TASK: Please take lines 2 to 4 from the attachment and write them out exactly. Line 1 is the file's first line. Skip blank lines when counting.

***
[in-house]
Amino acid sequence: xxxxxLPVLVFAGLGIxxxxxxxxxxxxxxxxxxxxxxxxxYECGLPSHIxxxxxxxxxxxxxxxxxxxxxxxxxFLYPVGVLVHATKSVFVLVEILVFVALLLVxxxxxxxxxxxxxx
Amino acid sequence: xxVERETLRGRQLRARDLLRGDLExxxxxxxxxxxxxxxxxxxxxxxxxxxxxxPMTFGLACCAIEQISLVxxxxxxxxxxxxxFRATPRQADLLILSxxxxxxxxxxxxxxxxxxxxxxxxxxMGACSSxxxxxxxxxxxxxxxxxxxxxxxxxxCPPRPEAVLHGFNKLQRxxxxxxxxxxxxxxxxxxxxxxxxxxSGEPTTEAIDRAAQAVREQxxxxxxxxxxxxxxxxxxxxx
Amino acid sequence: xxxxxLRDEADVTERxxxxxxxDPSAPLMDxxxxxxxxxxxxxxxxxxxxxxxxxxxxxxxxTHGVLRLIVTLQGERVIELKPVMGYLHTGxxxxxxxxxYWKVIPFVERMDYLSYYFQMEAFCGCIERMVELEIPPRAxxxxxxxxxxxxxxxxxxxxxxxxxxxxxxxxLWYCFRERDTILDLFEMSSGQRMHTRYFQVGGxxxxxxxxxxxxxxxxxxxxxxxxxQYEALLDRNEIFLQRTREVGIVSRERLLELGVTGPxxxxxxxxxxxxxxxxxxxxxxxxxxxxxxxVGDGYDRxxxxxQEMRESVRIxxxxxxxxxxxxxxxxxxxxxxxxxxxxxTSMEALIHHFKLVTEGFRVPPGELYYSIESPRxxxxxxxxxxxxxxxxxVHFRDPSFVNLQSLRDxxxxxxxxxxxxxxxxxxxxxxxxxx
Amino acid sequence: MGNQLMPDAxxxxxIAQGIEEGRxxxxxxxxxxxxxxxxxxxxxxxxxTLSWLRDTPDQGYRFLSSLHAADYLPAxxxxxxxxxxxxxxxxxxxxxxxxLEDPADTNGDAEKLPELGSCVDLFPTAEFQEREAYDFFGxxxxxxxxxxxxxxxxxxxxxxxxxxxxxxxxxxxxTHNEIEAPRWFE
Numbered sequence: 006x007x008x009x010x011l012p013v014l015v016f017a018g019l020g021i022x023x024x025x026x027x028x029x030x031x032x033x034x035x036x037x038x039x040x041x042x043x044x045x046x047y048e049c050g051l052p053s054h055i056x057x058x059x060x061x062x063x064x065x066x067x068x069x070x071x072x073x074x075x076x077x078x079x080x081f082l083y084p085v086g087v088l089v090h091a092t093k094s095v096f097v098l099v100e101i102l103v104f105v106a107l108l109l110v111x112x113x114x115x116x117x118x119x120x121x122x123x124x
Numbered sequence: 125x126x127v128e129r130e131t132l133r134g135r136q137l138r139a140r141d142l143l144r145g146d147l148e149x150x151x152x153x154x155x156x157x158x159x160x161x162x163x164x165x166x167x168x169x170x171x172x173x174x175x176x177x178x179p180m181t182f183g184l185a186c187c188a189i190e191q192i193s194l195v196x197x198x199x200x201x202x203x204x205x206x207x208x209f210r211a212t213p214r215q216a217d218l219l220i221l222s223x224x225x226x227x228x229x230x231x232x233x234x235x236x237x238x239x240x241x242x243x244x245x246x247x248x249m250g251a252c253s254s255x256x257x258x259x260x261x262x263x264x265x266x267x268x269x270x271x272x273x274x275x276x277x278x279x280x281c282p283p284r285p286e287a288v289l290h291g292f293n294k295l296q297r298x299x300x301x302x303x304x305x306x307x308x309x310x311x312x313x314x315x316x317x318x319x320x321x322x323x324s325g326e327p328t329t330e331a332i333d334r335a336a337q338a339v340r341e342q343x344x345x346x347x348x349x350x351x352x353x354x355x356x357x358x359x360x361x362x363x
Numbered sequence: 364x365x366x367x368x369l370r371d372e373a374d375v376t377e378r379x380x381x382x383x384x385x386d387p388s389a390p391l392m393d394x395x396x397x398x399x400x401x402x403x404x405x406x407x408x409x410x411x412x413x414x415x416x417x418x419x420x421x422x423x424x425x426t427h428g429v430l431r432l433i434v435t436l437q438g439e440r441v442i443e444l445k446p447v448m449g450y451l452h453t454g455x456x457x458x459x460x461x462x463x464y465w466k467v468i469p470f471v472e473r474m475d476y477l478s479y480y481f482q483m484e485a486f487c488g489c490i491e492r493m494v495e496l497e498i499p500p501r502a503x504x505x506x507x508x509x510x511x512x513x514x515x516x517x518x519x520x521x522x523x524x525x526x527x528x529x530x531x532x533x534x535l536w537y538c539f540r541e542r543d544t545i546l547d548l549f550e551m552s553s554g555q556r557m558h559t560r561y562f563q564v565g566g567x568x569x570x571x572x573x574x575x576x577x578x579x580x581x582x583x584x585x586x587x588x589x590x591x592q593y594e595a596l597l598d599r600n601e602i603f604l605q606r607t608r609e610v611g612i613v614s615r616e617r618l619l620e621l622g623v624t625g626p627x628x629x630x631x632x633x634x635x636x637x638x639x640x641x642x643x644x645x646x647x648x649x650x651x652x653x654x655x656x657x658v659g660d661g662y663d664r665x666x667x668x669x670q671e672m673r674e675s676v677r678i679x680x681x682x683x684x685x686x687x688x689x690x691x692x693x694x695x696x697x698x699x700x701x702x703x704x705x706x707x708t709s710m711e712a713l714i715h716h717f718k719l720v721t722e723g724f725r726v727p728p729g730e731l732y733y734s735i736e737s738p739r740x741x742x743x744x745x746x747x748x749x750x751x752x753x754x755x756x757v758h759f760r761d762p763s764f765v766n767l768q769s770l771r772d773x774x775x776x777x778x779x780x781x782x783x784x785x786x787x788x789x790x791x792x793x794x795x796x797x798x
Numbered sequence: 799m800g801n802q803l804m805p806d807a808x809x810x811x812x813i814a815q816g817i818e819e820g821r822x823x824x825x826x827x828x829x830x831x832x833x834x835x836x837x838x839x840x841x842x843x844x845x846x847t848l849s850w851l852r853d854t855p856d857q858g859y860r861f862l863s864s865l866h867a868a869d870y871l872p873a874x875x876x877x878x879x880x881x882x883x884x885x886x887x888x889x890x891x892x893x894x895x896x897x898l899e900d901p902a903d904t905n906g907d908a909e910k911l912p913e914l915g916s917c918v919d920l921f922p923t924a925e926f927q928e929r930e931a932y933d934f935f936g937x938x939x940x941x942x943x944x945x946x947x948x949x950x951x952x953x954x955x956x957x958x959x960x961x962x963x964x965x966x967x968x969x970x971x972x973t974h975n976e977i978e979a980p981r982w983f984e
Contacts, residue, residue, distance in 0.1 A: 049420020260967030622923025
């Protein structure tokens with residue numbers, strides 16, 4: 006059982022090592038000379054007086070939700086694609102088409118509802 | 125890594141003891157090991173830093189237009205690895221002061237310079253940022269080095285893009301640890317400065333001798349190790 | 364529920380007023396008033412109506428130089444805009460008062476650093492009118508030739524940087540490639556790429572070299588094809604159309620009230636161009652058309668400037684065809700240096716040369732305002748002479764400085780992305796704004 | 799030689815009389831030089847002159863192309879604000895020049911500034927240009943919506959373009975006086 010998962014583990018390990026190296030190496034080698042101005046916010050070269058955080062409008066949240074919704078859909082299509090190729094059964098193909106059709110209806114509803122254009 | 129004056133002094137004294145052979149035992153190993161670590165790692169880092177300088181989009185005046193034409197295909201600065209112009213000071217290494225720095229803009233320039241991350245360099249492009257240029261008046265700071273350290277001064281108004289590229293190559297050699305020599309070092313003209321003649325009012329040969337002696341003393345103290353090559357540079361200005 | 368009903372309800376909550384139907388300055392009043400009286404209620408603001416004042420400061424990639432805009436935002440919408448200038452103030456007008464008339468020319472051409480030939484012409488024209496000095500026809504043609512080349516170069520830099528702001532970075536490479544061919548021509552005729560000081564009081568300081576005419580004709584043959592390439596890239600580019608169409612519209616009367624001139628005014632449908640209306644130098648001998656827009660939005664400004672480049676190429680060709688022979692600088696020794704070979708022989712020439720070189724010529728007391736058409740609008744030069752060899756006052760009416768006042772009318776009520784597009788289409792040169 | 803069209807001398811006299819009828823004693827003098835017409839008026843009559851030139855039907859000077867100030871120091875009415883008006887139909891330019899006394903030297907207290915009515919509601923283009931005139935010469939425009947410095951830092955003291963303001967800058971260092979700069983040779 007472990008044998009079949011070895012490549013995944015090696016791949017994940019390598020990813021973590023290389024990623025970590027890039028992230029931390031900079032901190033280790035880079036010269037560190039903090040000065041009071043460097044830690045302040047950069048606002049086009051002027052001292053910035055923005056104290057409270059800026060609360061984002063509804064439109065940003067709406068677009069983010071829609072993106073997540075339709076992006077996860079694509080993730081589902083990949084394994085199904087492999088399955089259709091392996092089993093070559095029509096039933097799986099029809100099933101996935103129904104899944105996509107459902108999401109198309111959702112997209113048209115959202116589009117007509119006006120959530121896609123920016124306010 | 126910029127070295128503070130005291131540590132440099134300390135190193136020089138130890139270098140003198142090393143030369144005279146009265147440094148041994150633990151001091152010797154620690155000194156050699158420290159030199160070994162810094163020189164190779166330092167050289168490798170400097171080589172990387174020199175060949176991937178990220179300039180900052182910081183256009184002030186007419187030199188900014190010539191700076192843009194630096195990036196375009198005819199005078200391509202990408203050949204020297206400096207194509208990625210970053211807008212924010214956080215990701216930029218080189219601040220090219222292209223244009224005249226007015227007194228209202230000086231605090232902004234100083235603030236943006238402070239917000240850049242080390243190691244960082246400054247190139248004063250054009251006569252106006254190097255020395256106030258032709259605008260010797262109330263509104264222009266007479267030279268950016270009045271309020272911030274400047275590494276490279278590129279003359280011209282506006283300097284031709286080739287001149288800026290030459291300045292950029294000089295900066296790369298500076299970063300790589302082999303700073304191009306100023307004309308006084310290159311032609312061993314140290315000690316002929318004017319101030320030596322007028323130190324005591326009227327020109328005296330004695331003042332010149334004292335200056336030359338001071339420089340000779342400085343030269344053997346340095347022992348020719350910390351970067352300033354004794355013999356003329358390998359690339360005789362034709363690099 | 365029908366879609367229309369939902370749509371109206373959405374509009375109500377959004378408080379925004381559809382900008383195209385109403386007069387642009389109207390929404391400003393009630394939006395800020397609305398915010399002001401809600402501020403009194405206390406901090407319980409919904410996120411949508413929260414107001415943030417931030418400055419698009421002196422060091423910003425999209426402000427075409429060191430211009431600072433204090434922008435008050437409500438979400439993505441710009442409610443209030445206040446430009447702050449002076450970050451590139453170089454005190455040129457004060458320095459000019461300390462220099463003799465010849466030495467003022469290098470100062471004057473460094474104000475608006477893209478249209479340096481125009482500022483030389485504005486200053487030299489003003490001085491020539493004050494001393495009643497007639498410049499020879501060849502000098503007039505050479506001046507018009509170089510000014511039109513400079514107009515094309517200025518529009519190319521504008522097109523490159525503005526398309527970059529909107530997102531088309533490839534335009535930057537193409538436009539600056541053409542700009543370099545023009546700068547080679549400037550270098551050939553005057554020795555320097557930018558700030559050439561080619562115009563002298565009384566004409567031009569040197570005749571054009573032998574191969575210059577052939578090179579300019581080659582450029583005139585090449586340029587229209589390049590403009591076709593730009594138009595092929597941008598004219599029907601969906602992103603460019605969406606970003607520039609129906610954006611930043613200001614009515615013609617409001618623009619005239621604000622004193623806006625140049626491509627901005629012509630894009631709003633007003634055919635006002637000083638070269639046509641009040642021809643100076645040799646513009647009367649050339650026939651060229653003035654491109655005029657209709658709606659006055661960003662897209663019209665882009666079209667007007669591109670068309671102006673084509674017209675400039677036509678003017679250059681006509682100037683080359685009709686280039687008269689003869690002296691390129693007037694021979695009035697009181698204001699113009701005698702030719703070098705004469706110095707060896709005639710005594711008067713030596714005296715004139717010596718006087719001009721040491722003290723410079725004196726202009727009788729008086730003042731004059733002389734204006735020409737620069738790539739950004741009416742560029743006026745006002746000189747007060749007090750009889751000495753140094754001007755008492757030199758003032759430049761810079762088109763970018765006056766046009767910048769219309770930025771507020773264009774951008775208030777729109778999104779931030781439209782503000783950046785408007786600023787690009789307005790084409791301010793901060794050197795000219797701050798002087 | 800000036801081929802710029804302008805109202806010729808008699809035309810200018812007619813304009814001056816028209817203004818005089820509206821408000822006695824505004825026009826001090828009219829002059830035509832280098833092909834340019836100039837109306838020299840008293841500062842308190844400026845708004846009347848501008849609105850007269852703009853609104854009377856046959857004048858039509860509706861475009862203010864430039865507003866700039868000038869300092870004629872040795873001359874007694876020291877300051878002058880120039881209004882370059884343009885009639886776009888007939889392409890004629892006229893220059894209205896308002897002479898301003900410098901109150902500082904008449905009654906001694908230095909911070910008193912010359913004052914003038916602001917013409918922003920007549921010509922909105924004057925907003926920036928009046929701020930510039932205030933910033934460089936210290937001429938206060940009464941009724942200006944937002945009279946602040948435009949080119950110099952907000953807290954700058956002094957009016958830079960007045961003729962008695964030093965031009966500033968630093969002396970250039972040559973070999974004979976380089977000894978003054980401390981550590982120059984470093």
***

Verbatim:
Amino acid sequence: xxxxxLPVLVFAGLGIxxxxxxxxxxxxxxxxxxxxxxxxxYECGLPSHIxxxxxxxxxxxxxxxxxxxxxxxxxFLYPVGVLVHATKSVFVLVEILVFVALLLVxxxxxxxxxxxxxx
Amino acid sequence: xxVERETLRGRQLRARDLLRGDLExxxxxxxxxxxxxxxxxxxxxxxxxxxxxxPMTFGLACCAIEQISLVxxxxxxxxxxxxxFRATPRQADLLILSxxxxxxxxxxxxxxxxxxxxxxxxxxMGACSSxxxxxxxxxxxxxxxxxxxxxxxxxxCPPRPEAVLHGFNKLQRxxxxxxxxxxxxxxxxxxxxxxxxxxSGEPTTEAIDRAAQAVREQxxxxxxxxxxxxxxxxxxxxx
Amino acid sequence: xxxxxLRDEADVTERxxxxxxxDPSAPLMDxxxxxxxxxxxxxxxxxxxxxxxxxxxxxxxxTHGVLRLIVTLQGERVIELKPVMGYLHTGxxxxxxxxxYWKVIPFVERMDYLSYYFQMEAFCGCIERMVELEIPPRAxxxxxxxxxxxxxxxxxxxxxxxxxxxxxxxxLWYCFRERDTILDLFEMSSGQRMHTRYFQVGGxxxxxxxxxxxxxxxxxxxxxxxxxQYEALLDRNEIFLQRTREVGIVSRERLLELGVTGPxxxxxxxxxxxxxxxxxxxxxxxxxxxxxxxVGDGYDRxxxxxQEMRESVRIxxxxxxxxxxxxxxxxxxxxxxxxxxxxxTSMEALIHHFKLVTEGFRVPPGELYYSIESPRxxxxxxxxxxxxxxxxxVHFRDPSFVNLQSLRDxxxxxxxxxxxxxxxxxxxxxxxxxx